And what do you do when the "mean" employee is the manager of the team? I worked for one that began humiliating team members when they did things even slightly wrong. He was the Senior Manger and I was the Manager, and this behavior occurred between him and my team whenever I was away from the office. We thought he might be bi-polar because on Monday you might be the best employee ever, the smartest, etc. and on Tuesday the worst, dumbest, most careless. When he started getting personal in his attacks (never on me, only on my team) and saying things reported to me second hand like that he was going to "force a retirement" of a valued employee who had been with the company 40 years, and planned on at least another 10. Or that one employee was stupid and careless, and couldn't even manage his personal life because he was on marriage number three and had a child with each one. His demeanor upset everyone. When I came back to the office from a conference or a trip, my team assailed me with the stories. I went to HR and they investigated and did nothing. The investigation made him turn on me, and try to undermine the apparent quality of my work. That was difficult on the technical side, but he used the "problems" with my staff as a way to show I was a poor manager. Needless to say, it made my life difficult, and I had no upper-management support. Directors and Managers outside my immediate team knew the situation but were not able to intercede. My Manager had befriended the CIO, socializing occasionally, and after the sudden death of the CIO's wife, going bike riding, etc. with him on weekends. I don't know if this had much influence or not. HR decided he needed to improve his communication style, and were planning a curriculum for him. In the six months after the investigation and when I left, he had not attended any sessions, as far as I know. I was, incidentally, the fourth employee to leave because of him. We had a team of 7 to start with, plus contractors. I speak with my former co-workers often, and things have not changed. He still manages by fear and intimidation, but has put more distance between himself and the individuals on the team. He constantly threatens his team of managers, and puts pressure on them to write up and intimidate their teams. He does not allow innovation. He has also been promoted to Director in the interim since I left. This is mostly because the Data Warehouse value has been perceived to increase in the company. The team that remains has learned to keep their mouths shut and not stick their necks out. It is a paycheck now, not a passion as it once used to be for most of the team. No one wants to go the extra mile in this atmosphere. The team oftens goes to HR to complain, but they know that it is futile. They go when they must, when verbiage during a review makes them unable to sign. Some complaints went to Legal, but they say that they can't hear about the situation if the employee might litigate against the company. In good conscience, I could not stay and allow my team to be treated that way. I risked what happened to me to try to make the change, it failed, and I left. Are they doomed?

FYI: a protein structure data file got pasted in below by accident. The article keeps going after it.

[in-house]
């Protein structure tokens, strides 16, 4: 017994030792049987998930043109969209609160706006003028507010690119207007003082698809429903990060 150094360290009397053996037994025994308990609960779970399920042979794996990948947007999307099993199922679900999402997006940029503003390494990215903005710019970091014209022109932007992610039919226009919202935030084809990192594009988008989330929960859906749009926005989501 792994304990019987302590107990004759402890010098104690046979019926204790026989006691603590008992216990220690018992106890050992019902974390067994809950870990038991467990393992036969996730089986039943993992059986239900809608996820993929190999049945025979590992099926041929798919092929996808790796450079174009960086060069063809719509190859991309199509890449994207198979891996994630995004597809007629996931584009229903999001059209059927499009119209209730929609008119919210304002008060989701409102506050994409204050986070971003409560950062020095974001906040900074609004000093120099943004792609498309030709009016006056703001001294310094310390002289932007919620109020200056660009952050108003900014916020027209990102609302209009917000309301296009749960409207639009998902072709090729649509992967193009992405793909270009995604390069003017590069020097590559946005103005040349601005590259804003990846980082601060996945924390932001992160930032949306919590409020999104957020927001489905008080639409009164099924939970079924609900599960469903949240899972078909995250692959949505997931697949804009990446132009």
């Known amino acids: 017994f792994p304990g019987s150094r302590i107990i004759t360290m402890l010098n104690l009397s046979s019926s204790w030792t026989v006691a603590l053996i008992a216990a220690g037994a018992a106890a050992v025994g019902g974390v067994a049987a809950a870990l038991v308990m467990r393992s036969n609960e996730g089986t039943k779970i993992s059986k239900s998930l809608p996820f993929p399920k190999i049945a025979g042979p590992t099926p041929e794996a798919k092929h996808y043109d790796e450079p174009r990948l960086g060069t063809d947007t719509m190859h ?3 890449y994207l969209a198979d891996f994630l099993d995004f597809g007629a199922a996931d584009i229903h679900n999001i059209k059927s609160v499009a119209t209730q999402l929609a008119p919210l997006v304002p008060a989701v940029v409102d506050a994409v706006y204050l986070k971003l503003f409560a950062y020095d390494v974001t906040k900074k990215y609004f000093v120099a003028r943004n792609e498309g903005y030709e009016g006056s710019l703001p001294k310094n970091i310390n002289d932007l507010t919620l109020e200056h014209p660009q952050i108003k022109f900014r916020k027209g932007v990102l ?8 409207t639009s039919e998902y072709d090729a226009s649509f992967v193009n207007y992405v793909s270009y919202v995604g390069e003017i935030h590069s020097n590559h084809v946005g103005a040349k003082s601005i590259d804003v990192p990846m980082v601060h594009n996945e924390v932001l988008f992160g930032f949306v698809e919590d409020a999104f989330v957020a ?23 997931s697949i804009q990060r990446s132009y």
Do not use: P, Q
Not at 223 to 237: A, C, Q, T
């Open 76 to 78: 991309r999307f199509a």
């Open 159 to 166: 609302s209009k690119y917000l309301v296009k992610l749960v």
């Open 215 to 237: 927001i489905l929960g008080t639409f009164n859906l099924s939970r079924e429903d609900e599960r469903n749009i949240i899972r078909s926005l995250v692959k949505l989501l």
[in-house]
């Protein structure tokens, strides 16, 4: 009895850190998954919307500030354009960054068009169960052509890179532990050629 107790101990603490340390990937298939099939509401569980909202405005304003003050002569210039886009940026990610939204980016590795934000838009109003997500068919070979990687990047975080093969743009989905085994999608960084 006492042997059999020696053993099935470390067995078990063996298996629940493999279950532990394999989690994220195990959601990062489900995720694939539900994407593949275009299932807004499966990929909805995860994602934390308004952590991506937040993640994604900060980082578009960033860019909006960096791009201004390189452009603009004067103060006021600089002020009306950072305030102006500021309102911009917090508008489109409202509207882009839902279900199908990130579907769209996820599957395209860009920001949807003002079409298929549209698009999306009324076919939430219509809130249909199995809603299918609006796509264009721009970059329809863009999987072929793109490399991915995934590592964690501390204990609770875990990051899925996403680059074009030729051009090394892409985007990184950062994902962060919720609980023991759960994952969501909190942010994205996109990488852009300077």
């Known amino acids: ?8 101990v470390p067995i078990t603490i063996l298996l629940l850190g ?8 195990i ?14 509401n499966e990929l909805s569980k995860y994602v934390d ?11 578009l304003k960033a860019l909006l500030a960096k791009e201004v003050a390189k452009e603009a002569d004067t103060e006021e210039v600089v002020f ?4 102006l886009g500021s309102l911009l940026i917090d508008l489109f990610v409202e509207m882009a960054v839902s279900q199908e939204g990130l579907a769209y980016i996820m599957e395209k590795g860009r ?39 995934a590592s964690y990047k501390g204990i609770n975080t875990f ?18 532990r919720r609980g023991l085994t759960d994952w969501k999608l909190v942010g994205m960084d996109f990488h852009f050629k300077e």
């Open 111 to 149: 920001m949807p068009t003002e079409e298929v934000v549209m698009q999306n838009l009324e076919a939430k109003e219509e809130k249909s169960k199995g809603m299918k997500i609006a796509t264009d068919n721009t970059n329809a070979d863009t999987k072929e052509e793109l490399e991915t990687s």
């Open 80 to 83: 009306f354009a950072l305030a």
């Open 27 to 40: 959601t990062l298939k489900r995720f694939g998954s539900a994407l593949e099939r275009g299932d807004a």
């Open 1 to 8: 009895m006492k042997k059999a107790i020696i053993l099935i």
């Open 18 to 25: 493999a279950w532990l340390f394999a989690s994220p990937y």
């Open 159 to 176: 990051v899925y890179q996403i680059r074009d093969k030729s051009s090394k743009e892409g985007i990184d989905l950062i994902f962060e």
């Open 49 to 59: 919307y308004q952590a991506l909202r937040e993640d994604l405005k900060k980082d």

chenz71
chenz71

I have only come in contact with this one time and it was at my last job. The President of our branch had put many of his 'good ol' boy' buddies to work as salesmen (sorry girls, it's like this guy has no good friends that are women, hence the sales'men'). Back to point, salespeople service the customer and if one of his personal friends need a quick order or something from the warehouse, they have free reign no matter how much it they get in the way, disturb process, or pass a cut off time. My advice is; live with it or find a different job. You can't buck the system. Although it seems unfair, there really isn't anything you can do or say about it without jeopardizing your own spot in the company. If you were to voice an opinion about it, your CEO may feel threatened about his judgment and take out his anger on you.